How does professional sports enforce gender inequality? “I think that professional sports puts a lens up to gender inequality. I think gender inequality is there and if you go to different countries, the level and type of gender inequality is directly related to how the women are treated in that country.  So in Brazil, there is one thread that everyone’s worried about, and that’s that it makes the women gay. However, it’s also how you look, is it going to make you too manly, or ruin your appearance because Brazil is totally focused on the visual. It goes across the world and touches on all the things going on with women.” 

Do you think that some professional athletes are afraid to challenge the status quo for fear of upsetting their own position in their field? “Yeah definitely, look what happened to Kapernick. You know, that’s a big warning to everyone. But I think that a lot of times women think they have nothing to lose because they are being discriminated against so much to begin with. It’s cultural too. The women I have talked to in Brazil are also very nervous because they feel they will lose the little they have. There’s a real pushback against seeming too feminist and that’s in South America. It’s still kind of as if feminist means you literally hate men, so they try to disassociate themselves from controversial things because they just want to keep playing. “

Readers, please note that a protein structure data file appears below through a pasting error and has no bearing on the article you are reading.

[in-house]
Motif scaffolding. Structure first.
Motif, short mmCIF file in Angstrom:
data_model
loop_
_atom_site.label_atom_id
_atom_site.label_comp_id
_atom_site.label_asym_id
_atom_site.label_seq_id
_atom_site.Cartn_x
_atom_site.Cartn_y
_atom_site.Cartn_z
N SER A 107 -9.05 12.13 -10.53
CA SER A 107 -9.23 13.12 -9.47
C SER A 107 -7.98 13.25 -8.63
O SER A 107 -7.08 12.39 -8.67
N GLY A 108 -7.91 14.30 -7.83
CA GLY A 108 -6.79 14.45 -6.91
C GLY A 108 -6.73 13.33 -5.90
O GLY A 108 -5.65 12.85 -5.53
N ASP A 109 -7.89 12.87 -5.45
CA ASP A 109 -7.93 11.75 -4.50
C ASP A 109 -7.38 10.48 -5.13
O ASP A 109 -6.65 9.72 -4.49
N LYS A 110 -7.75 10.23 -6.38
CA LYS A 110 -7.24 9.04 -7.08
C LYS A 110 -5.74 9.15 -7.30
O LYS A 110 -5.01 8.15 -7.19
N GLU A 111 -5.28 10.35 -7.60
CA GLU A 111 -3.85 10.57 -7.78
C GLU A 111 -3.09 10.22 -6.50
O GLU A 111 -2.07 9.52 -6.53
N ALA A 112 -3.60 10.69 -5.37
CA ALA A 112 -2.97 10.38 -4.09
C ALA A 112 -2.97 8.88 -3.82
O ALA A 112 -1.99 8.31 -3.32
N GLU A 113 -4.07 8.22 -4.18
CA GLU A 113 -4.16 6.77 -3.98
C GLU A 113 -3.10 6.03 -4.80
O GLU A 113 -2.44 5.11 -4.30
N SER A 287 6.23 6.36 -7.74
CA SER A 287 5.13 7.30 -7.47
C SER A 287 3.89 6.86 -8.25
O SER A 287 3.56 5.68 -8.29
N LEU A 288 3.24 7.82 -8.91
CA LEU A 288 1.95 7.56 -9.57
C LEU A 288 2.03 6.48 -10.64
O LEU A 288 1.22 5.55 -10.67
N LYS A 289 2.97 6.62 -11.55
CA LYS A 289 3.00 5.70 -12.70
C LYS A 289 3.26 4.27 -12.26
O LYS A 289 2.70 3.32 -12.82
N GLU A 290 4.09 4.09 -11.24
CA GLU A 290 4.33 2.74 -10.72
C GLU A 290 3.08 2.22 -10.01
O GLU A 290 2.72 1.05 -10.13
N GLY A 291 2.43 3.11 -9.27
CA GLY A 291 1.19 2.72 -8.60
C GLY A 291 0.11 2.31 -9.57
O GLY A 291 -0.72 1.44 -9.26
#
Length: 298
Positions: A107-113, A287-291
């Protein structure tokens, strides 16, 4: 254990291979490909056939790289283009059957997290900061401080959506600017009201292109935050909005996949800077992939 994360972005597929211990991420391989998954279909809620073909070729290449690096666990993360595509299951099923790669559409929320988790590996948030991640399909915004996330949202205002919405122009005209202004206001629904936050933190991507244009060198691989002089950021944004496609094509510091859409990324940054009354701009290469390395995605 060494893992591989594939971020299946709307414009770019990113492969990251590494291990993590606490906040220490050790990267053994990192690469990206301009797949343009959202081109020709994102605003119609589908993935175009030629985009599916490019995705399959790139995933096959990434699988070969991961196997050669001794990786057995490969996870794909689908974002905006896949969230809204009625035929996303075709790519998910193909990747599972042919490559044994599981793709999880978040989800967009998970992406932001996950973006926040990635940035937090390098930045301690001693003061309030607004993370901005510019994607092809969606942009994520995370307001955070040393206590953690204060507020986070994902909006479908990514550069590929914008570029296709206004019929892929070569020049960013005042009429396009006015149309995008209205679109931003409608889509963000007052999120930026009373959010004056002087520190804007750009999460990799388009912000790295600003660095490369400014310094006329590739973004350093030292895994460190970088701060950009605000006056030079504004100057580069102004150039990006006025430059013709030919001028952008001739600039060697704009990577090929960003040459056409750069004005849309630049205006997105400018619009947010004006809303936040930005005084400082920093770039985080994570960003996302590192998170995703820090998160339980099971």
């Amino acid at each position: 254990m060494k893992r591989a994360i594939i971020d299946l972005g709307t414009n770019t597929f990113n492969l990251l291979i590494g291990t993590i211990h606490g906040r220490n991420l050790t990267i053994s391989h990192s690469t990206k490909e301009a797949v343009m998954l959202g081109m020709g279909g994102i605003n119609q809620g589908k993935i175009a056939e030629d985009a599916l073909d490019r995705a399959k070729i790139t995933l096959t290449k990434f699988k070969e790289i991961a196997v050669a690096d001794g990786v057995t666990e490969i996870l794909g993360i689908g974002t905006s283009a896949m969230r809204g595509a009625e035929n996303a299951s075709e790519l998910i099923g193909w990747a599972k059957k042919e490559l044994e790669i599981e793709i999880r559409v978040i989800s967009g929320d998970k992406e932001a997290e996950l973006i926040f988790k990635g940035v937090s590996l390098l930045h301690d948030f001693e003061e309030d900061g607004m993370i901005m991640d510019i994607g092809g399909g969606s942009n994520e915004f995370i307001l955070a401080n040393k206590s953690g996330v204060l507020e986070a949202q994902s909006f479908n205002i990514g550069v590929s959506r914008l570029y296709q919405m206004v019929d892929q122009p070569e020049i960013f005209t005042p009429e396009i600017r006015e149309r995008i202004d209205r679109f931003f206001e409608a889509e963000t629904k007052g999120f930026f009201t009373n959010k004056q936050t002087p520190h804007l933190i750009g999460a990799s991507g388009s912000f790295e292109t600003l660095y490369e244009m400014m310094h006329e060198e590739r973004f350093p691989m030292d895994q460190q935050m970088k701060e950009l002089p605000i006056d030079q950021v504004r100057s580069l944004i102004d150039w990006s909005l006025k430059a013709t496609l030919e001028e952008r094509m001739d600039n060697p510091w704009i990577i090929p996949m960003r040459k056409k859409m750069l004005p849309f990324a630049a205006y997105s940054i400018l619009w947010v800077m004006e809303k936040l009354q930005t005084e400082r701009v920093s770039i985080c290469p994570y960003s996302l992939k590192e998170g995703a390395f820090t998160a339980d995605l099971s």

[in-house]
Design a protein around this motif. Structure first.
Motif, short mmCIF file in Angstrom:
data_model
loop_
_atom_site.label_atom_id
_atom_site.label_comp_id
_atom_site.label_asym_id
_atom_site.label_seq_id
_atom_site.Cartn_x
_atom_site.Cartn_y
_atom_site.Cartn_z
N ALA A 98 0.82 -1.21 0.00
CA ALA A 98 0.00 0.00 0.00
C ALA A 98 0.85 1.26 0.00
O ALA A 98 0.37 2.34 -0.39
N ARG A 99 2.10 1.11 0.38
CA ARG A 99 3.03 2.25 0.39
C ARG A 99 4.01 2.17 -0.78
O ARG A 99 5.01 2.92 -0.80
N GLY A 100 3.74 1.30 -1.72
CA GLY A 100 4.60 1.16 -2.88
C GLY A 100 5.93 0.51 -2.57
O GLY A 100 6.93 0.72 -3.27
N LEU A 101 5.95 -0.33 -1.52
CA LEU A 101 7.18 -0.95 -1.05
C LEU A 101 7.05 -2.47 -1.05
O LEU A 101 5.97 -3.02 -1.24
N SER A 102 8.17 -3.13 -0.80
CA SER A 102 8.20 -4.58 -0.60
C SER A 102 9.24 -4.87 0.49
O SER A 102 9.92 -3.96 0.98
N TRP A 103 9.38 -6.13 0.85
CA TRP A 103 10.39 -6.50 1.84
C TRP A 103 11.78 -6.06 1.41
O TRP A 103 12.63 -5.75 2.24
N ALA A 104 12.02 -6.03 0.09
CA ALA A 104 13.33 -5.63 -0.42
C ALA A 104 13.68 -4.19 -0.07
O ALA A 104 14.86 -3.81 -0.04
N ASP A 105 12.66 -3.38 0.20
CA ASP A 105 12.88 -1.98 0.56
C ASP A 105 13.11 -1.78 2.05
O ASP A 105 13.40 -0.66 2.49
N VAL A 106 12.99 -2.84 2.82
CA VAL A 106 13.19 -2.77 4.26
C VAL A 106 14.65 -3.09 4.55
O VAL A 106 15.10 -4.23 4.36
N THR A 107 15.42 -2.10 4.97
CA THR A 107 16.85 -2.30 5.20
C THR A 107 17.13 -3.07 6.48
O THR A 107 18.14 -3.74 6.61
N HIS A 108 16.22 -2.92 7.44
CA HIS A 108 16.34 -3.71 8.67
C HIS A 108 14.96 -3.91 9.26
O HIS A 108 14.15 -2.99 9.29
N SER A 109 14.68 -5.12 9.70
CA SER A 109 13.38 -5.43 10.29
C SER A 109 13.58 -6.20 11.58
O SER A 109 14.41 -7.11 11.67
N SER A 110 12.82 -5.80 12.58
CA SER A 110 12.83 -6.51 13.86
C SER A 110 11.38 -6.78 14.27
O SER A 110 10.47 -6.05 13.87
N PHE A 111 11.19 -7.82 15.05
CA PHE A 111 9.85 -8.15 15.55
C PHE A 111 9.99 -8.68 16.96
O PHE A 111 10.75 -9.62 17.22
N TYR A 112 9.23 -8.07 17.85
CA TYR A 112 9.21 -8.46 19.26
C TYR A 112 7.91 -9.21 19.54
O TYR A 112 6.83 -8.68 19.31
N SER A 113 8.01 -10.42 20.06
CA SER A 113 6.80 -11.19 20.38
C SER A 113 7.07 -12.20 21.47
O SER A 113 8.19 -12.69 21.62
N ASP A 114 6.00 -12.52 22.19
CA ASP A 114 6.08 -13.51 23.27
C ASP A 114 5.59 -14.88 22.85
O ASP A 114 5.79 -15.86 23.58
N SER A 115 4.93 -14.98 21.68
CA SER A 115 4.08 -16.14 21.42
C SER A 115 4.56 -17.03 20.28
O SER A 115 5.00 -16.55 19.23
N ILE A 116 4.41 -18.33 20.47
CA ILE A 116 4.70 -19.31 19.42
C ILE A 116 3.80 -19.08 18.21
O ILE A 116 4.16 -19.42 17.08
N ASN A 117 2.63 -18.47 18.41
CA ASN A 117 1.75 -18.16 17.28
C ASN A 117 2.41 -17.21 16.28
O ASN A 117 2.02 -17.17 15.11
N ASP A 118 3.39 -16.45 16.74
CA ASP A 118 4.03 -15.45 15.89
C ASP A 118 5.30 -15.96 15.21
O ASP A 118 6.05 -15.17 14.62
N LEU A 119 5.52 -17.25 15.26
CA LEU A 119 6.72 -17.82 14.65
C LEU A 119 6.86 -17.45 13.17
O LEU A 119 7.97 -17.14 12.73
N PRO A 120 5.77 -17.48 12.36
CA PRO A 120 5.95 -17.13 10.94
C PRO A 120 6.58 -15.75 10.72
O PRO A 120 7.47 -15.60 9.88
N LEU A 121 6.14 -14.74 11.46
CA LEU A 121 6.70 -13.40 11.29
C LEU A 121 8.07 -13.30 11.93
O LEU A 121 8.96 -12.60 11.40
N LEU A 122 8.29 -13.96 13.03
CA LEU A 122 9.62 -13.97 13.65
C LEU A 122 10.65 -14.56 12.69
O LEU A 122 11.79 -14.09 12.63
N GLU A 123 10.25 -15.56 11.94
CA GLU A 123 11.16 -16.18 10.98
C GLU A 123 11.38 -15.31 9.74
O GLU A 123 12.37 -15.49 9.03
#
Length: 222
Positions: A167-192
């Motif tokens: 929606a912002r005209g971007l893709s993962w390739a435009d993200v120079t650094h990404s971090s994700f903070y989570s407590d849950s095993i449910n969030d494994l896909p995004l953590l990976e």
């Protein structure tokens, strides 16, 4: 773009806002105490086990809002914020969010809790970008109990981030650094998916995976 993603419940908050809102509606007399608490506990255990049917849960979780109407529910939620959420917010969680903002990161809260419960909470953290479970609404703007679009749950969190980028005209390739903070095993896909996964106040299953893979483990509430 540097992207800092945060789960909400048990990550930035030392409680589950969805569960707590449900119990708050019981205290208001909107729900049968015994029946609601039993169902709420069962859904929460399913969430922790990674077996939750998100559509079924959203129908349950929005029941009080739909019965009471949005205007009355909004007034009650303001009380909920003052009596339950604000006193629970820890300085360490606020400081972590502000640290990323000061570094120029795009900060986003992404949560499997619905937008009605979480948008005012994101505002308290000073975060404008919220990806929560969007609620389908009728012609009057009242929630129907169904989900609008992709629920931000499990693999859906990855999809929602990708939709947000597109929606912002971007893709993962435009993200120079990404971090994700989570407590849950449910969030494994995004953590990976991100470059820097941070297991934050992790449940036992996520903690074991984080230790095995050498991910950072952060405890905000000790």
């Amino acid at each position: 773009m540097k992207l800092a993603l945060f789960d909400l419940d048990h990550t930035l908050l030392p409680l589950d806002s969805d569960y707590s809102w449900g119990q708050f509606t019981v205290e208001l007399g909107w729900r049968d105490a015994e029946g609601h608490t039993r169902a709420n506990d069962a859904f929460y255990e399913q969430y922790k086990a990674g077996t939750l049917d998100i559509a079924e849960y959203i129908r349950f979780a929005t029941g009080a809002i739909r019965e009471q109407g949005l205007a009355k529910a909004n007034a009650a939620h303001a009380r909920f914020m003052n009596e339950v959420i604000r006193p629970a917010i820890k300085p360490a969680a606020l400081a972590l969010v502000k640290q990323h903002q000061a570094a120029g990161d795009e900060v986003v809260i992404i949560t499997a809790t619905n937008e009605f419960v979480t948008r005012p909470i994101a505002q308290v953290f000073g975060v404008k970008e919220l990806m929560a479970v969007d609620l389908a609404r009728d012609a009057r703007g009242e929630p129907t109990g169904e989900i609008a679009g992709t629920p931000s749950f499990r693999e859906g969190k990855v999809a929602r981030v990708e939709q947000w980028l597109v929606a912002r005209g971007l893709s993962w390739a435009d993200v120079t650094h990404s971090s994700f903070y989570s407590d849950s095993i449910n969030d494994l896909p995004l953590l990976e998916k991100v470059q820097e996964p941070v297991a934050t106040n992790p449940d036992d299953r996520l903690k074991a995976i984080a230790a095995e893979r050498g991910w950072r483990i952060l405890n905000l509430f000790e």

Do you think that general equality in the professional sports area is something we will see changing in this generation? “Definitely, I mean I don’t think we are going to fix it in this generation, but I think it will reflect the change in society. I think what helps is how many things are collaterally helping change things like the internet, like women can finally tell their own stories through the internet, we can show what’s going on in places, there is so much more information out there, we can express public opinion, you get to see a lot more, and all that often pressures brands, clubs and corporations to change things. So I definitely think we’ll see a big change, I don’t know how big but we can hope.”